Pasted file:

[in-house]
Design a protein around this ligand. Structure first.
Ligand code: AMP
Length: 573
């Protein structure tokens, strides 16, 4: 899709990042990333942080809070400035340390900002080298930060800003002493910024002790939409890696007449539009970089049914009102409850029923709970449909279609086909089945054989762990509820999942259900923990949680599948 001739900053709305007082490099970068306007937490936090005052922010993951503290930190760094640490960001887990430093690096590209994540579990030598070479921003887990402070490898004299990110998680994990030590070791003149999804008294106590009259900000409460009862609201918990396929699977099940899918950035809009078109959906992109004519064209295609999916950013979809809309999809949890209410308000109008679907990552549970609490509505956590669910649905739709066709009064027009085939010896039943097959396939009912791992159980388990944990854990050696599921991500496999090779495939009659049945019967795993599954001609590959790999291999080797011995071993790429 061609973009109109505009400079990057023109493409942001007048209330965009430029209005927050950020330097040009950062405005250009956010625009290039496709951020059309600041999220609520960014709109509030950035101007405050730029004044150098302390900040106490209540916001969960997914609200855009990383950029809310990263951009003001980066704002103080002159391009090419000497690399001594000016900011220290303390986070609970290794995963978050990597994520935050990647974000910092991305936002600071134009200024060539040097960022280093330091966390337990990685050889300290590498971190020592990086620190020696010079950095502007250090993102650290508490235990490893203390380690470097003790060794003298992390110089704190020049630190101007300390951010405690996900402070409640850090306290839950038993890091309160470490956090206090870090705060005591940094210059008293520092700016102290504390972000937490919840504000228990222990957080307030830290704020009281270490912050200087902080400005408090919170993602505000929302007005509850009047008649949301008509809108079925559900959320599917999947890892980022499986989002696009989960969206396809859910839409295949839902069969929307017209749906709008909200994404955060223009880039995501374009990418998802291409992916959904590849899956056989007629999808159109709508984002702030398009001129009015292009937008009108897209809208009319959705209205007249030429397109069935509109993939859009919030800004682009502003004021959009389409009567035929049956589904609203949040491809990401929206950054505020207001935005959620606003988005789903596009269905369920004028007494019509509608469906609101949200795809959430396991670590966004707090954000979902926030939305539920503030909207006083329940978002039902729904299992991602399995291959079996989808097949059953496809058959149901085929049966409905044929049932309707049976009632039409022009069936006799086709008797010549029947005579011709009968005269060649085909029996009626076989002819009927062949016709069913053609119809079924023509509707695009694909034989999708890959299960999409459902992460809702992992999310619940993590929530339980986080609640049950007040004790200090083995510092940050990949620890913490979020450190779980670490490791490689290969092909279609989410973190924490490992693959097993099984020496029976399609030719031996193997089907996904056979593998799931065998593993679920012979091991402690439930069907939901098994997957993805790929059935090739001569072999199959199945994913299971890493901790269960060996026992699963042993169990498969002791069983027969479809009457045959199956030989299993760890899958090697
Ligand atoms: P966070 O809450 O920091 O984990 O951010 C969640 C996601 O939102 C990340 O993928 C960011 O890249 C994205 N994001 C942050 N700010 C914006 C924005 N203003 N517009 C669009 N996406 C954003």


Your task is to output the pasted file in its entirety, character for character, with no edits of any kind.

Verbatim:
[in-house]
Design a protein around this ligand. Structure first.
Ligand code: AMP
Length: 573
């Protein structure tokens, strides 16, 4: 899709990042990333942080809070400035340390900002080298930060800003002493910024002790939409890696007449539009970089049914009102409850029923709970449909279609086909089945054989762990509820999942259900923990949680599948 001739900053709305007082490099970068306007937490936090005052922010993951503290930190760094640490960001887990430093690096590209994540579990030598070479921003887990402070490898004299990110998680994990030590070791003149999804008294106590009259900000409460009862609201918990396929699977099940899918950035809009078109959906992109004519064209295609999916950013979809809309999809949890209410308000109008679907990552549970609490509505956590669910649905739709066709009064027009085939010896039943097959396939009912791992159980388990944990854990050696599921991500496999090779495939009659049945019967795993599954001609590959790999291999080797011995071993790429 061609973009109109505009400079990057023109493409942001007048209330965009430029209005927050950020330097040009950062405005250009956010625009290039496709951020059309600041999220609520960014709109509030950035101007405050730029004044150098302390900040106490209540916001969960997914609200855009990383950029809310990263951009003001980066704002103080002159391009090419000497690399001594000016900011220290303390986070609970290794995963978050990597994520935050990647974000910092991305936002600071134009200024060539040097960022280093330091966390337990990685050889300290590498971190020592990086620190020696010079950095502007250090993102650290508490235990490893203390380690470097003790060794003298992390110089704190020049630190101007300390951010405690996900402070409640850090306290839950038993890091309160470490956090206090870090705060005591940094210059008293520092700016102290504390972000937490919840504000228990222990957080307030830290704020009281270490912050200087902080400005408090919170993602505000929302007005509850009047008649949301008509809108079925559900959320599917999947890892980022499986989002696009989960969206396809859910839409295949839902069969929307017209749906709008909200994404955060223009880039995501374009990418998802291409992916959904590849899956056989007629999808159109709508984002702030398009001129009015292009937008009108897209809208009319959705209205007249030429397109069935509109993939859009919030800004682009502003004021959009389409009567035929049956589904609203949040491809990401929206950054505020207001935005959620606003988005789903596009269905369920004028007494019509509608469906609101949200795809959430396991670590966004707090954000979902926030939305539920503030909207006083329940978002039902729904299992991602399995291959079996989808097949059953496809058959149901085929049966409905044929049932309707049976009632039409022009069936006799086709008797010549029947005579011709009968005269060649085909029996009626076989002819009927062949016709069913053609119809079924023509509707695009694909034989999708890959299960999409459902992460809702992992999310619940993590929530339980986080609640049950007040004790200090083995510092940050990949620890913490979020450190779980670490490791490689290969092909279609989410973190924490490992693959097993099984020496029976399609030719031996193997089907996904056979593998799931065998593993679920012979091991402690439930069907939901098994997957993805790929059935090739001569072999199959199945994913299971890493901790269960060996026992699963042993169990498969002791069983027969479809009457045959199956030989299993760890899958090697
Ligand atoms: P966070 O809450 O920091 O984990 O951010 C969640 C996601 O939102 C990340 O993928 C960011 O890249 C994205 N994001 C942050 N700010 C914006 C924005 N203003 N517009 C669009 N996406 C954003």